Alzheimer's and Hypertension

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    Studies show that controlling blood pressure can help lower Alzheimer's risk. According to findings by researchers at Johns Hopkins, people who took commonly prescribed blood pressure medications were half as likely to develop Alzheimer’s as those who didn’t. "Research showed that people with hypertension were more likely to have the biomarkers of Alzheimer’s, in their spinal fluid." {}  

    What's the link? High blood pressure can damage small blood vessels, in the brain. This can affect parts of the brain responsible for thinking and memory.  How can controlling blood pressure lower the risk? Medications used to lower blood pressure may be the answer. "The study by Johns Hopkins that was published in Neurology, confirmed earlier work from Johns Hopkins researchers that found the use of potassium-sparing diuretics reduced the risk of Alzheimer’s nearly 75 percent, while people who took any type of antihypertensive medication lowered their risk by about a third. "What we found was that if you didn’t have Alzheimer’s and you were taking blood pressure medication, you were somewhat less likely to develop dementia. And if you had dementia from Alzheimer’s disease and you took certain antihypertensives, the disease was less likely to progress,” explains Constantine Lyketsos, M.D., director of the Memory and Alzheimer’s Treatment Center at Johns Hopkins. “It’s not clear if the connection comes from managing the blood pressure better or if the particular drugs might have properties that interfere with other processes relating to Alzheimer’s.” {}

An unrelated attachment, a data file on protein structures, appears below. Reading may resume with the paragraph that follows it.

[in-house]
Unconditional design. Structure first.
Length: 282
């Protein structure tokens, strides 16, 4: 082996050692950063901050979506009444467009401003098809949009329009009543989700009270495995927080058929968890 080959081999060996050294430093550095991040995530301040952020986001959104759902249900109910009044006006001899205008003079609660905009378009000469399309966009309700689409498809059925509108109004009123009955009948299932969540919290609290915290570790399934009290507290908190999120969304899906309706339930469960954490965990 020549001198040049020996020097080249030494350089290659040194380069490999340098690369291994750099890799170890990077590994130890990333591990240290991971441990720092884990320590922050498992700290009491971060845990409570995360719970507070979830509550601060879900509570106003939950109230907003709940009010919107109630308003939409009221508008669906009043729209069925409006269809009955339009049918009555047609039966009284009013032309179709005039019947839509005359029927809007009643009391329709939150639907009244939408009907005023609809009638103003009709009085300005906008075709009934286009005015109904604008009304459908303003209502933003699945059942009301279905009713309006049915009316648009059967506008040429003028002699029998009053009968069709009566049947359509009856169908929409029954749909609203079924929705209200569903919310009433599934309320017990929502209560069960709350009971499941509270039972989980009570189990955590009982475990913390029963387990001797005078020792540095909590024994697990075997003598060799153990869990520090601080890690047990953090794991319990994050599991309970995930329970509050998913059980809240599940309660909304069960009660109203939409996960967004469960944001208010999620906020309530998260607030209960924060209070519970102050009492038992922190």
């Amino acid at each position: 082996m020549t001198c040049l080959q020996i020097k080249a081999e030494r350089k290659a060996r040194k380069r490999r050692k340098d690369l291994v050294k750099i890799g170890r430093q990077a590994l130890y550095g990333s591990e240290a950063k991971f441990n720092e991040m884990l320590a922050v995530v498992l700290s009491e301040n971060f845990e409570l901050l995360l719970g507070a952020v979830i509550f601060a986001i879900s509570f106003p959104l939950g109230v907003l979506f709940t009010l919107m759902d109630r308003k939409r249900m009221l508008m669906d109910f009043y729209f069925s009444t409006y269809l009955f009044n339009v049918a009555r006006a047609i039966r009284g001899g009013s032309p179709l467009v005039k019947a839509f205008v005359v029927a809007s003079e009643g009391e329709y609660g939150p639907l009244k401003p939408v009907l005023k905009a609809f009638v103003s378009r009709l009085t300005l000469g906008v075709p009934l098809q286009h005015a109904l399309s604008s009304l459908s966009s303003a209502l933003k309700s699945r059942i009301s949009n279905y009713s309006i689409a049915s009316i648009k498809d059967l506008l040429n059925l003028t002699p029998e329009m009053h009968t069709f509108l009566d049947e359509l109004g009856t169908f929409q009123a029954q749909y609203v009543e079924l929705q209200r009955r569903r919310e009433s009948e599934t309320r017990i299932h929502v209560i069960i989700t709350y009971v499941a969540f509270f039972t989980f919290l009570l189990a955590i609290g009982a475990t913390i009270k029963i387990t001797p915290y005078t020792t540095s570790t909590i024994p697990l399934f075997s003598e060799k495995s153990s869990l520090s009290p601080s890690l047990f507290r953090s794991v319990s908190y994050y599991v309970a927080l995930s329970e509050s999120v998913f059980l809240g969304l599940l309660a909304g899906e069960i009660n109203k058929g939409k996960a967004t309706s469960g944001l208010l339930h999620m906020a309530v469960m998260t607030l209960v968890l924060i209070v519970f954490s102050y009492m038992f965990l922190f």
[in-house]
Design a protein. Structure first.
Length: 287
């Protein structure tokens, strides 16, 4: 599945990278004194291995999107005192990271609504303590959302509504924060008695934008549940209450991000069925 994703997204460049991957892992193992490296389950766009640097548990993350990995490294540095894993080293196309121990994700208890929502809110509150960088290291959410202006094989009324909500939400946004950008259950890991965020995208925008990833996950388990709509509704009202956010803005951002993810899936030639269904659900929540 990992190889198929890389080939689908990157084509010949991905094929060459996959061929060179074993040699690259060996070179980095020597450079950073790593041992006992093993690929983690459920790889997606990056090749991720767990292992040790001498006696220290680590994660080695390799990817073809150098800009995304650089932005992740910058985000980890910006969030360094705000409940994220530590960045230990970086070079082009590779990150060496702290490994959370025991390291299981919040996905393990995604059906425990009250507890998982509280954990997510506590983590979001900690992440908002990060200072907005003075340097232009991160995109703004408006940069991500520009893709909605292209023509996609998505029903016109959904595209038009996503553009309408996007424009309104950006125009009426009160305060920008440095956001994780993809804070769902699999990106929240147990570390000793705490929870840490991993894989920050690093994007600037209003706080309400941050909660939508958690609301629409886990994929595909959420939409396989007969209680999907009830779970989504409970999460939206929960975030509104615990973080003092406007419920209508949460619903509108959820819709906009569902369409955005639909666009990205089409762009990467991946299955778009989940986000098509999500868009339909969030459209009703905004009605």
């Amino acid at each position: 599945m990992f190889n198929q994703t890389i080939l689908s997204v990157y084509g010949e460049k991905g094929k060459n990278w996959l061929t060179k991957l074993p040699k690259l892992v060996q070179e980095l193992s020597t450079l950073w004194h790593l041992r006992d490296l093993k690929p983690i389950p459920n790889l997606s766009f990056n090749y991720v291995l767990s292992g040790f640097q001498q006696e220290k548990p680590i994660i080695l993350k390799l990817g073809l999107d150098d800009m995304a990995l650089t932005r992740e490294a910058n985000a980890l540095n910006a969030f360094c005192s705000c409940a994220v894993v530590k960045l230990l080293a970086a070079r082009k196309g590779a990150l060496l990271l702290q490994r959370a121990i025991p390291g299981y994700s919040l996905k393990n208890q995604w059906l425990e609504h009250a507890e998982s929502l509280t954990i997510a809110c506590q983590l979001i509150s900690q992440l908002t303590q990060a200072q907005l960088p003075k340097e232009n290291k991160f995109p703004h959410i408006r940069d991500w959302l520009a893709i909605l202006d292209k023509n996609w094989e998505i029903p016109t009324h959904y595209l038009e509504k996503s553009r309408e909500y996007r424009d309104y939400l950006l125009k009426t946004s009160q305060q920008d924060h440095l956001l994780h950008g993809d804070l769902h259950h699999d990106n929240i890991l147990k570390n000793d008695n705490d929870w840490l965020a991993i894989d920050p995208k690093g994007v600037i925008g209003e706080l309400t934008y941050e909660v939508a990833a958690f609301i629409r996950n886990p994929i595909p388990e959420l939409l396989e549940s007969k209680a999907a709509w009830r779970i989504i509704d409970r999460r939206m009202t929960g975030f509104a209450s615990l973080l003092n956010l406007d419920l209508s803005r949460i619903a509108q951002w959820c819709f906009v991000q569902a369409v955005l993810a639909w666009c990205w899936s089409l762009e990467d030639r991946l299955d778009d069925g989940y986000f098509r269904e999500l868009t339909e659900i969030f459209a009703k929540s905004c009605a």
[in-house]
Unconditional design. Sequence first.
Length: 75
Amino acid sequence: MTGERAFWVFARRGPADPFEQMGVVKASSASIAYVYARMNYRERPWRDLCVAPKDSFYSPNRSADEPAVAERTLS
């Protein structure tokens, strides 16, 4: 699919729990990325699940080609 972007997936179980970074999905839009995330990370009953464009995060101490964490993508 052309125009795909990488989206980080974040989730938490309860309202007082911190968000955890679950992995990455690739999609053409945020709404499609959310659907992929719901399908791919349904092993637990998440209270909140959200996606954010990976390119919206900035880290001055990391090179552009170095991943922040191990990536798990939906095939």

According to studies have linked hypertension in people already genetically predisposed to Alzheimer’s, to an increased development of amyloid beta plaque, a hallmark characteristic of the disease. The study took a look at the relationship between hypertension and Alzheimer’s and found that for "people who are genetically predisposed to the disease and carry the ApoE4 gene,  high blood pressure was associated  with higher leverld of amyoid-beta plaques in the brain." {} More than  1,000 adults from the Alzheimer’s Disease Neuroimaging Initiative were studied. They were divided into four groups: 1.)people who had the ApoE4 gene, 2.) people with high blood pressure, 3.)people with both the ApoE4 gene and people with high blood pressure, and then 4.)a control group of people with had neither risk factor. With the use of imaging technology, researchers  found that the participants in the group with both the ApoE4 gene and hypertension had more amyloid-beta plaques than the other groups.

      Karen Rodrigue, an assistant professor of behavioral and brain sciences at the University of Texas at Dallas states that by keeping good vascular health the brain changes associated with Alzheimer's may be limited or delayed.  Do you have a loved one with Alzheimer's and hypertension? What do you think of the correlation between the two? Leave your comments.



1 comment

  • This is an excellent article! Thank you for writing about these very important studies. I wonder why the potassium sparing diuretics were more affective than other types of bp lowering medications?

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